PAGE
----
This is the first book in the Queens of Renthia trilogy. I’ve had my eyes on this book for quite some time before I picked it up. In that time I was debating whether or not to pick it up – I thought it was a YA book and I haven’t had much luck with them recently but I finally decided to give it a go for some holiday reading. I am really glad I did. Firstly, I loved the setting. It is one of my favourite things about this book. The concept of every village, town and city being built on massive tree branches is a really cool idea. I think the idea of spirits is also done really well and the world felt very immersive. World building is so important in fantasy books so I’m happy to say that it’s done well in this book. It is definitely a strength of this series. I liked that it isn’t the traditional medieval setting and appreciated the unique nature of this world. If you are looking for new and unique fantasy settings than I would check this book out. I’ve not read many fantasy books with a similar setting. The only thing I would say is that I imagine that this world took inspiration from Lothlórien from the Lord of the Rings trilogy by J. R. R. Tolkien, but it is still it’s own world – it’s not a copy. The writing is easy to get into and the plot is compelling. There were quite a few occasions of late night reading while reading this, because I was so engrossed in the story. Certain things I did see coming but there were other things I didn’t. Either way it was still an enjoyable reading experience. It is pretty bloody and nasty at times, but these moments felt well thought out. Sometimes I think nasty moments can be used just to shock you but that isn’t the case with this book – these moments progressed the plot well. Basically I found both the world and the plot immersive, and I’m excited to see where things will go in the next books.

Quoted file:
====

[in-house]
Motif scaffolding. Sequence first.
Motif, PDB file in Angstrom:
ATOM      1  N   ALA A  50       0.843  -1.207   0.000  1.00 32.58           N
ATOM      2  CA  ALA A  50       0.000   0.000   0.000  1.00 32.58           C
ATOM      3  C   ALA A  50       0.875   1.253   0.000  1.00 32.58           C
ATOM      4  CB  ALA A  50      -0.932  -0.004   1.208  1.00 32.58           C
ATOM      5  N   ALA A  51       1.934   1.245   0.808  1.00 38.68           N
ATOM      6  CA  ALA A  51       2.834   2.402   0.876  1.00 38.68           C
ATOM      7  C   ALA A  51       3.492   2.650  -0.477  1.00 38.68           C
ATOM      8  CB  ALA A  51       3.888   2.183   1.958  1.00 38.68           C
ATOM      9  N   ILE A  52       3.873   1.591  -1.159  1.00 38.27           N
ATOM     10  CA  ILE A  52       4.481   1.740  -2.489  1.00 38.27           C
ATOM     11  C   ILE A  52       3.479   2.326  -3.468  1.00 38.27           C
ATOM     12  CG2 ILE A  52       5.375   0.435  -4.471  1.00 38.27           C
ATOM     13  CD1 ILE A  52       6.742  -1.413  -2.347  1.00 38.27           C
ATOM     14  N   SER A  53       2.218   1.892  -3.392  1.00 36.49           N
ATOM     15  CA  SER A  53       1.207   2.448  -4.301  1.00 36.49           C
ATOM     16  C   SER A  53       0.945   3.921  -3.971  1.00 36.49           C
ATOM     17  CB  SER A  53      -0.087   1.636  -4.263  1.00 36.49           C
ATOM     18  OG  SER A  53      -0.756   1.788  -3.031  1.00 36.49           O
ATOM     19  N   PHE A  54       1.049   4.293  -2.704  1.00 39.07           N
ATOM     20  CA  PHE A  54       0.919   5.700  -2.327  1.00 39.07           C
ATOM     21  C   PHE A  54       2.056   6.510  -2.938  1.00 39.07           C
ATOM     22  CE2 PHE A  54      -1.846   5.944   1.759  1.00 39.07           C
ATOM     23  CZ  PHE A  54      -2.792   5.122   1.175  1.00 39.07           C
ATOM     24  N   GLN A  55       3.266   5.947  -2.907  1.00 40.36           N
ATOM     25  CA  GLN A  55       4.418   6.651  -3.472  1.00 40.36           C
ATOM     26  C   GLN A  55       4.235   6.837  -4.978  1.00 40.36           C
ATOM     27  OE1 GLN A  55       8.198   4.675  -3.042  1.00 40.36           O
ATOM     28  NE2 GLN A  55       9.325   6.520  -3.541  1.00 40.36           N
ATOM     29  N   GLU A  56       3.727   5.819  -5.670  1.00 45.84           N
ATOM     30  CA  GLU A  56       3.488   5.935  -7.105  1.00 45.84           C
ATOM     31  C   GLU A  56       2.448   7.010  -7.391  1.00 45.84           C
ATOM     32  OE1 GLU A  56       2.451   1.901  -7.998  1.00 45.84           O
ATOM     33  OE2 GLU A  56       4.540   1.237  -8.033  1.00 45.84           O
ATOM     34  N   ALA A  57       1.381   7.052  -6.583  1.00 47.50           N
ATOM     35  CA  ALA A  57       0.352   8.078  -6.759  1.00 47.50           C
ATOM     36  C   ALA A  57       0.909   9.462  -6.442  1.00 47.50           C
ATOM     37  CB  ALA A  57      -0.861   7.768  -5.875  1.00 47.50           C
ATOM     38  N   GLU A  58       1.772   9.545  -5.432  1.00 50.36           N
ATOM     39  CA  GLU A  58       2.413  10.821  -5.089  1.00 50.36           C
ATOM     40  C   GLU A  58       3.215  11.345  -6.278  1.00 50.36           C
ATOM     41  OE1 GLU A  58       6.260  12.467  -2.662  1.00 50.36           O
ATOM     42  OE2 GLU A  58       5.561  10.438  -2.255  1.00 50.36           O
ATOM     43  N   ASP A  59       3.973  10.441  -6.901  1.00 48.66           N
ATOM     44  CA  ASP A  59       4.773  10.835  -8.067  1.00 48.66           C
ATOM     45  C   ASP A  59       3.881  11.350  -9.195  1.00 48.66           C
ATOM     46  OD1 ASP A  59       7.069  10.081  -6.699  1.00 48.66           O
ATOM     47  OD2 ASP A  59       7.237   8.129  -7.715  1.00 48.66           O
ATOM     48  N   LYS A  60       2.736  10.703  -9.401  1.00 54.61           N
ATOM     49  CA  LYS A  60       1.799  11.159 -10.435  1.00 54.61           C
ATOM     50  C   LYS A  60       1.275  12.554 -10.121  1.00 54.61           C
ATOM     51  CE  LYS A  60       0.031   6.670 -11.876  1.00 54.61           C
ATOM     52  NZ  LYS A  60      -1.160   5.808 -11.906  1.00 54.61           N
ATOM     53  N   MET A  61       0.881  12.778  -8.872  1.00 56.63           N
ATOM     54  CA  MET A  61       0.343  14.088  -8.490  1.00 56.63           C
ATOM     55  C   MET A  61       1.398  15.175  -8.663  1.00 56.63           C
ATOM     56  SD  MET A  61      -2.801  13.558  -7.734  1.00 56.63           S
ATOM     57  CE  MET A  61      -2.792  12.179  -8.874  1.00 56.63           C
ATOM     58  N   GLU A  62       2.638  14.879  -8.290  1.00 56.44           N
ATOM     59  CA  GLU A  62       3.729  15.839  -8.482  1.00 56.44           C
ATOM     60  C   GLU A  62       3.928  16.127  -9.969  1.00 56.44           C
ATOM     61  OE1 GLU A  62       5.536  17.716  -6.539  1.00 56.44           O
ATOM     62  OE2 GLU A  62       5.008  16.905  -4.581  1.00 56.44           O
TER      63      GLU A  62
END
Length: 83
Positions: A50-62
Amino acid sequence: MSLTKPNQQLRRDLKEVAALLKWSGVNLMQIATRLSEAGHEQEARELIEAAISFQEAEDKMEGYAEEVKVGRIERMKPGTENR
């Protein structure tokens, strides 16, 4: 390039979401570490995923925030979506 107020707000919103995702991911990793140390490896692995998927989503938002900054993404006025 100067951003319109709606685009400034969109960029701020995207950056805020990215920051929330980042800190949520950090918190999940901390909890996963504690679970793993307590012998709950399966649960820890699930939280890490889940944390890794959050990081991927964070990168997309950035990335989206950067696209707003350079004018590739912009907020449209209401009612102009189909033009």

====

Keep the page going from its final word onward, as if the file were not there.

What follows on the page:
I love that the main character Daleina isn’t the most powerful person in this book, she just works really hard. I think that is quite relatable – for me at least, I don’t know about you guys. It’s nice to see a character in a fantasy book that struggles. I feel like in alot of fantasy books the main character, whether their male or female, is the most powerful magic user and adept at using magic within a short time of finding out they have magic. It’s good to see a character that has to work hard for it. Of the heirs, she is probably the worst and that’s quite refreshing. I’m sure there are many people out there with things that don’t come naturally and so they have to work hard for it – I am definitely one of them. All of the other characters are just as well written. I found the Queen to be a very interesting character due to her position. The Queen is the one person in power and that creates a fascinating look into what that type of power can do to a person. Another aspect I loved is the female friendships in this book. As previously mentioned in the goodreads synopsis, the queen is surrounded by heirs. All of these heirs are women and so they live closely with each other as they train. It’s great to see female friendship where they support each other and are there for each other. One thing I hate to see in any book is girl on girl hate for no other reason than their girls, so it was so nice to see these great friendships. I also really liked that the romance is very much in the background and is not a huge part of the story.